In recent months scores of big tech companies have been releasing new remote working policies to adjust to the post-pandemic era. We have mostly been impressed since they are leaps and bounds further forward than what we were seeing pre-2020.
But Airbnb CEO Brian Chesky has thrown down a new gauntlet with the new Airbnb remote working policy announced on 28 April 2022.
The policy is based on five principles, that we will look at in detail. But what makes the policy stand out is that pay is no longer tied to location.
Many of the big tech companies such as Facebook and Google are now letting their employees work from anywhere. But if you choose to relocate from an expensive city to a more affordable city, you also receive a pay cut as the company uses location tiers. A $30,000 pay cut might make that move seem a lot less attractive.
Airbnb has done away with these location tiers within countries. This, along with some other nuanced decisions, means that Airbnb is leaving the competition in the dust when it comes to their approach to remote working.
But let’s take a look at the five principles of Airbnb’s policy, which CEO Brian Chesky published on Twitter in April.
Airbnb’s Remote Working Policy
“1. You can work from home or the office—whatever works best for you”
This is the line from the new Airbnb policy that looks most like what we are seeing elsewhere. With a few exceptions that require a physical presence – and the CEO assures us that those people have already been contacted individually – you choose where you work from.
Importantly, while Airbnb is saying that you can choose to work remotely from anywhere, there is also still an office space for you if that is what you prefer. In this way, they are making where employees work truly a choice, rather than mandating that staff work from home, as was the situation during the pandemic.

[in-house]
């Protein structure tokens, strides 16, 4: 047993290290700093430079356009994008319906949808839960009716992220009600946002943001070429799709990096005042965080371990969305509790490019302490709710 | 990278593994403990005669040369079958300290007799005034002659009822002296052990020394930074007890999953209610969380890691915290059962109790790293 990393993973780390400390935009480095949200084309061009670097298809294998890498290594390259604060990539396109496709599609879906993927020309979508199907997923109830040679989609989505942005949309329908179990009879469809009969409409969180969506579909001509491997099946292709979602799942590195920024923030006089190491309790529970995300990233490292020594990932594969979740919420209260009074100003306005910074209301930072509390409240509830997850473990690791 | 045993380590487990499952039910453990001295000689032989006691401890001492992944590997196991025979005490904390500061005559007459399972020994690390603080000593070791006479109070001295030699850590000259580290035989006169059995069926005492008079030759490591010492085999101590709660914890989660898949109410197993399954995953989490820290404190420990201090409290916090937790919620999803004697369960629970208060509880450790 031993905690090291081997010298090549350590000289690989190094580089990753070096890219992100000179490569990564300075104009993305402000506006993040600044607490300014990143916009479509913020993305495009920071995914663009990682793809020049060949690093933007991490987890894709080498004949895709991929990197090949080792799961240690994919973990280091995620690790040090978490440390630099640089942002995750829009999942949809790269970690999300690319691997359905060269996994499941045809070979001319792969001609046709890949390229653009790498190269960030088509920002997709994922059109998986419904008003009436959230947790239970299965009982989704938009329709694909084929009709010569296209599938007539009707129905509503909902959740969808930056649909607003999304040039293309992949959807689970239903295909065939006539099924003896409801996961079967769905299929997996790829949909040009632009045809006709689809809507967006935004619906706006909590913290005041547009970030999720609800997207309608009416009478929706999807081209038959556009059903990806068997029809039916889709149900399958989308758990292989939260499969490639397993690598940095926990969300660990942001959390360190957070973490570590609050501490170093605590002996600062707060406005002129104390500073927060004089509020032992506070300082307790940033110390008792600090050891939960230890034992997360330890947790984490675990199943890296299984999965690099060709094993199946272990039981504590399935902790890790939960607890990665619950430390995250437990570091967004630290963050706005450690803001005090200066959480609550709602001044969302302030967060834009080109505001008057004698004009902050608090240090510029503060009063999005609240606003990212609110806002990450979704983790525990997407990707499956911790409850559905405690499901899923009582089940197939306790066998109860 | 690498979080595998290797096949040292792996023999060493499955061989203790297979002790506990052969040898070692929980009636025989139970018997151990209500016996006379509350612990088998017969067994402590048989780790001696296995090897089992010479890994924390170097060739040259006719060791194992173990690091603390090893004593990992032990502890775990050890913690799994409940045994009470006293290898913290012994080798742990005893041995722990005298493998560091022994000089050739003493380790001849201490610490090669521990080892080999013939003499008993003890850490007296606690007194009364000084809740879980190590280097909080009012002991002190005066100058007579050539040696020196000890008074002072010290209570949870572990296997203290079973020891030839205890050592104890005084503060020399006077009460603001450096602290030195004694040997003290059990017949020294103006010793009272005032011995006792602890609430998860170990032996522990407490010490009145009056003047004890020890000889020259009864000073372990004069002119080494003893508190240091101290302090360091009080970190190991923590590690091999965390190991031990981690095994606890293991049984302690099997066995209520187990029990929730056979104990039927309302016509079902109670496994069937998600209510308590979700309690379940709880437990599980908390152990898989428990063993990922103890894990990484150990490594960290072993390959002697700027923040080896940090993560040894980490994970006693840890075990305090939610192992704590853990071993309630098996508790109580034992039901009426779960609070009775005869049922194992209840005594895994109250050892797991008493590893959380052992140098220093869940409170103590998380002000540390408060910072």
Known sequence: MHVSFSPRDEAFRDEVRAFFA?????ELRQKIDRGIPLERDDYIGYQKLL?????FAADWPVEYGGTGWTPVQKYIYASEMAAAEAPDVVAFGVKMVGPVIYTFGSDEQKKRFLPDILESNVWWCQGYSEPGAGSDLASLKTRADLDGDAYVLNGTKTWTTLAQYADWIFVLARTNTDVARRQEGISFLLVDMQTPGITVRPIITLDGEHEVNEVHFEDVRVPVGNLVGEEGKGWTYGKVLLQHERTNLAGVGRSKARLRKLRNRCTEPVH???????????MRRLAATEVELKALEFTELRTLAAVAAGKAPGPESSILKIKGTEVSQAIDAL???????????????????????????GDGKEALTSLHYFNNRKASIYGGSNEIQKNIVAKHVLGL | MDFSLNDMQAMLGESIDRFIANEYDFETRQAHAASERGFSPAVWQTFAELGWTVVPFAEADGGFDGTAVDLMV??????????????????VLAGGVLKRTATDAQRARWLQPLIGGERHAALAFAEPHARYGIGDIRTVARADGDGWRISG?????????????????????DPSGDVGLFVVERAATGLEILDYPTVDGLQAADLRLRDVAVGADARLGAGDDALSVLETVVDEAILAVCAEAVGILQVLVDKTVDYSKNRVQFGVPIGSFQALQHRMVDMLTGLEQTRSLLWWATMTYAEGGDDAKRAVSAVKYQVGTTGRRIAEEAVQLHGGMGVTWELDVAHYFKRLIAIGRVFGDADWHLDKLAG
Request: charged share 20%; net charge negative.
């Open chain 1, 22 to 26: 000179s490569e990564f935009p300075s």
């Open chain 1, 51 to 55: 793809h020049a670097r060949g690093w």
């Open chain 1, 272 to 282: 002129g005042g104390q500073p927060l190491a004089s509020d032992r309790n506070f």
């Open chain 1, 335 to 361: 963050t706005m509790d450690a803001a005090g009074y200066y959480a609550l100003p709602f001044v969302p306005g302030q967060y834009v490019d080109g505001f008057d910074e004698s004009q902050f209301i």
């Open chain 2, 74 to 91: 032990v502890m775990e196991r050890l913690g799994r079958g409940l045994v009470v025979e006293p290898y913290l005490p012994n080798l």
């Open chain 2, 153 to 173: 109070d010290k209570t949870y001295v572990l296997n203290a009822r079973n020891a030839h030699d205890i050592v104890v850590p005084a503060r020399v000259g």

“2. You can move anywhere in the country, like from San Francisco to Nashville, and your compensation won’t change”
This is certainly the element of the policy that jumps out as important. While other companies are reducing salaries accordingly based on where a person chooses to live, Airbnb are doing away with that.
Starting from June, there will be single salary tiers per country, and a single uniform salary tier for the United States and Canada together. So, employees can move from New York to Nova Scotia, or from Paris to Lyon, and their salary will not be affected.
Moreover, starting in June, anyone whose existing pay is based on a lower cost of living tier will start receiving the full salary for their country from June.
Interestingly, in the full version of the policy, the CEO states that permanent international moves are more complex, and therefore “we won’t be able to support those this year”. But this indicates that supporting international moves is something that the company has considered and is actively seeking solutions for.
Employees are reminded to talk to their managers about performance and time zone expectations before committing to making any type of move.
“3. You have the flexibility to live and work in 170 countries for up to 90 days a year in each location”
This clause builds further on the question of international working and is clearly meant to fill the gap. In the Twittersphere, this point drew the most conversation and attention, with most asking why the stay is limited to 90 days.